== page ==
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Gnarley1 Is a Dominant Mutation in the knox4 Homeobox Gene Affecting Cell Shape and Identity

Toshi Foster, Judy Yamaguchi, Bryan C. Wong, Bruce Veit and Sarah Hake
The Plant Cell
Vol. 11, No. 7 (Jul., 1999), pp. 1239-1252
DOI: 10.2307/3870746
Stable URL: http://www.jstor.org/stable/3870746
Page Count: 14
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Since scans are not currently available to screen readers, please contact JSTOR User Support for access. We'll provide a PDF copy for your screen reader.
Gnarley1 Is a Dominant Mutation in the knox4 Homeobox Gene Affecting Cell Shape and Identity
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Abstract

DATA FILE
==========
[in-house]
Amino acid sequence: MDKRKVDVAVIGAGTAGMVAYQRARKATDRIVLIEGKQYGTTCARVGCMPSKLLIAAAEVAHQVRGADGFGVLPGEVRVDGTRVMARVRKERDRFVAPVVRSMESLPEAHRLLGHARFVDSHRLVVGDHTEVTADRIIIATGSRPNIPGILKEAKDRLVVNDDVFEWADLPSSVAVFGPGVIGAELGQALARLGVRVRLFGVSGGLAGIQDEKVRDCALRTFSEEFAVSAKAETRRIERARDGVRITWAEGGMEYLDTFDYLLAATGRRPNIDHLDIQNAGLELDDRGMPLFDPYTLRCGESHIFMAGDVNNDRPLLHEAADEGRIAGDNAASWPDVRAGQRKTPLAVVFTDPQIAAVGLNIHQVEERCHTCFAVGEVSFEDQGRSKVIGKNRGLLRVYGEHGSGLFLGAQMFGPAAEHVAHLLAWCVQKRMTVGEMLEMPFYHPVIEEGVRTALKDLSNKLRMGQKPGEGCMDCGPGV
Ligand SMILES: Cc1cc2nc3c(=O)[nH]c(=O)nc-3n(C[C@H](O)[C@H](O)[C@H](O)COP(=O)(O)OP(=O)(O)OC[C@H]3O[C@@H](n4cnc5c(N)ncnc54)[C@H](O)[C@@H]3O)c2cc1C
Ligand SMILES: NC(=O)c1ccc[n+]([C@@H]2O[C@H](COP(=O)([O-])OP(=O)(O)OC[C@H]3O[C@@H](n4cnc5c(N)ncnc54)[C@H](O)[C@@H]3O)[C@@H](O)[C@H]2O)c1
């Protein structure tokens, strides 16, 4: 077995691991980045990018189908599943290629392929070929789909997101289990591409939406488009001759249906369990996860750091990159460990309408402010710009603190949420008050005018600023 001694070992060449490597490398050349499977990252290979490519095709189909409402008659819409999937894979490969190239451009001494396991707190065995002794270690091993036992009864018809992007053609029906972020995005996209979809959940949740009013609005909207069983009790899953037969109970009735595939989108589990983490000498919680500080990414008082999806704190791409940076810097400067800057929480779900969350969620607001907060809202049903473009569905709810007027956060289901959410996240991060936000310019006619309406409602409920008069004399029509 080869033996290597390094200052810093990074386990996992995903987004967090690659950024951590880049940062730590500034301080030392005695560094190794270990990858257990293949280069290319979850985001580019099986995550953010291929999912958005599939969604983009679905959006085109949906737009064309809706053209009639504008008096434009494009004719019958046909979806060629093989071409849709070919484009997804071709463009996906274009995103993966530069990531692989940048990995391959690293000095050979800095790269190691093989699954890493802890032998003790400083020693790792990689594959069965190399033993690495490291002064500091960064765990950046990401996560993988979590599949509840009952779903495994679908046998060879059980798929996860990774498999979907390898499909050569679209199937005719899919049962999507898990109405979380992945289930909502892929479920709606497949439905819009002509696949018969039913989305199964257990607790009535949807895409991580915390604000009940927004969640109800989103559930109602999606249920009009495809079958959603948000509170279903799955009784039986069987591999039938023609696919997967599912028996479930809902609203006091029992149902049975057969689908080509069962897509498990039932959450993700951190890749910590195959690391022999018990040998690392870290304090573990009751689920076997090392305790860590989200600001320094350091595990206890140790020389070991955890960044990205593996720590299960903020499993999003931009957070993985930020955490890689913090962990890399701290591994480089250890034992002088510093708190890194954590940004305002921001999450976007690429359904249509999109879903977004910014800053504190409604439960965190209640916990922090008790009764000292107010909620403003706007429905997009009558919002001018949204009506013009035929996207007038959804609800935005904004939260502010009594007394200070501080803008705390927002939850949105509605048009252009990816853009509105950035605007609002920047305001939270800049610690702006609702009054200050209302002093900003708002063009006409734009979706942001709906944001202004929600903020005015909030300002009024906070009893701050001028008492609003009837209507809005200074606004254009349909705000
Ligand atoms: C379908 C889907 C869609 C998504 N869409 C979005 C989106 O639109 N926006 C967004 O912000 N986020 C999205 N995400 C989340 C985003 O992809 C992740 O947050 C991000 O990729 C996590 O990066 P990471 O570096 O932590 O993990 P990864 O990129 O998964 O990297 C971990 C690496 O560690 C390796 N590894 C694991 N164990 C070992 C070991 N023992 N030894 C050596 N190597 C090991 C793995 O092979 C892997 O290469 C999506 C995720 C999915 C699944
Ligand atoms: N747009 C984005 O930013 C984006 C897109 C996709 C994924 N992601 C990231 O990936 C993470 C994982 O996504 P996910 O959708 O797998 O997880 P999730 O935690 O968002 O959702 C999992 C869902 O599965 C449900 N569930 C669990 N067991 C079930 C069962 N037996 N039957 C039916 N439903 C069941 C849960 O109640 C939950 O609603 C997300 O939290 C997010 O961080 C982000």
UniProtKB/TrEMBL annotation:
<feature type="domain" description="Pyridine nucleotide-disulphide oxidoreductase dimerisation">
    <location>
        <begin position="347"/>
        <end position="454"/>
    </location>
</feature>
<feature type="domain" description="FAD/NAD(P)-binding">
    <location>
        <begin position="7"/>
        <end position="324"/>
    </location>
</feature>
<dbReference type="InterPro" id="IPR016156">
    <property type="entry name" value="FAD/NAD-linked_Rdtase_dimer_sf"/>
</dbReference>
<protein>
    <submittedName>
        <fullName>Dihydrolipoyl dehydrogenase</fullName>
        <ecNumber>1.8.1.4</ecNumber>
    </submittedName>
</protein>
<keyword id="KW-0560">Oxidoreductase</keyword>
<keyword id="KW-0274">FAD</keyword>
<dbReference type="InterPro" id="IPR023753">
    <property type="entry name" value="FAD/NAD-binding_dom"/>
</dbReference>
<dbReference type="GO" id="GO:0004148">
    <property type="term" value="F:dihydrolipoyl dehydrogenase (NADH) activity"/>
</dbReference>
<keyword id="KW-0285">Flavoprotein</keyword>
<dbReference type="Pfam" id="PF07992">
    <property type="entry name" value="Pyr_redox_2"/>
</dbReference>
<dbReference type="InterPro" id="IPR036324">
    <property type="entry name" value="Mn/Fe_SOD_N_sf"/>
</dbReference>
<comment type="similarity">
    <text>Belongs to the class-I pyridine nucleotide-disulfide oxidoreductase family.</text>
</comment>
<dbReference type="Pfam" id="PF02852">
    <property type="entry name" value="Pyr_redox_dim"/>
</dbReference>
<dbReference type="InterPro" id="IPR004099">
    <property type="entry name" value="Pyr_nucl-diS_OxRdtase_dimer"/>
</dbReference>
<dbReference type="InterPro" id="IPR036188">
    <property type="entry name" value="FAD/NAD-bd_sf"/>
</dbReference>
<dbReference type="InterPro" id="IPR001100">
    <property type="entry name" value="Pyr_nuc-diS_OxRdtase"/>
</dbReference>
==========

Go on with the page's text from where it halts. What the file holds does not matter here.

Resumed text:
Maize leaves have a stereotypical pattern of cell types organized into discrete domains. These domains are altered by mutations in knotted1 (kn1) and knox (for kn1-like homeobox) genes. Gnarley (Gn1) is a dominant maize mutant that exhibits many of the phenotypic characteristics of the kn1 family of mutants. Gn1 is unique because it changes parameters of cell growth in the basal-most region of the leaf, the sheath, resulting in dramatically altered sheath morphology. The strongly expressive allele Gn1-R also gives rise to a floral phenotype in which ectopic carpels form. Introgression studies showed that the severity of the Gn1-conferred phenotype is strongly influenced by genetic background. Gn1 maps to knox4, and knox4 is ectopically expressed in plants with the Gn1-conferred phenotype. Immunolocalization experiments showed that the KNOX protein accumulates at the base of Gn1 leaves in a pattern that is spatially and temporally correlated with appearance of the mutant phenotype. We further demonstrate that Gn1 is knox4 by correlating loss of the mutant phenotype with insertion of a Mutator transposon into knox4.

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